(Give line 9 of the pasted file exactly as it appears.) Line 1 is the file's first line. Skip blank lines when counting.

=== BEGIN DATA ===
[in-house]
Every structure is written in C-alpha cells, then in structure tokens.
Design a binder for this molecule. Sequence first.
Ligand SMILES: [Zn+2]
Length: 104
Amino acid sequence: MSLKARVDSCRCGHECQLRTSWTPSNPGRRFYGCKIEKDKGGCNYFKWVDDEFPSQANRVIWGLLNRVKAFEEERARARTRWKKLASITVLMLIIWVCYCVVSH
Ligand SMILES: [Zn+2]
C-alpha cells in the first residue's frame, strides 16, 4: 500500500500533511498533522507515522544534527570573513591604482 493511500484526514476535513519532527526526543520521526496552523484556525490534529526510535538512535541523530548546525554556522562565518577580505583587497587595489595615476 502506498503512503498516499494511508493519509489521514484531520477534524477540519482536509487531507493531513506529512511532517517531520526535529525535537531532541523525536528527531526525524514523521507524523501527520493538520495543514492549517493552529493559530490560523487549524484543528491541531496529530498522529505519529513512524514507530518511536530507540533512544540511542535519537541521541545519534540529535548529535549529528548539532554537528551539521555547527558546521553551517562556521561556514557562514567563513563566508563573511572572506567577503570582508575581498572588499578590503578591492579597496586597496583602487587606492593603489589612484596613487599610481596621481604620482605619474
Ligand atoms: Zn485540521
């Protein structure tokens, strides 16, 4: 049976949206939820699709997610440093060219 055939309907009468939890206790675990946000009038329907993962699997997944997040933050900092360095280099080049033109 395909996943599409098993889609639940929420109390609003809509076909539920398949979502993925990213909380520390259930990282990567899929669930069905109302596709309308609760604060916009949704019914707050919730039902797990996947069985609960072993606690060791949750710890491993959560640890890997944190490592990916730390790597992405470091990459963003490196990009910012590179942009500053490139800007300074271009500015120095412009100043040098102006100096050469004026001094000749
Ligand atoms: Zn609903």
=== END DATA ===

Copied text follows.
Ligand atoms: Zn485540521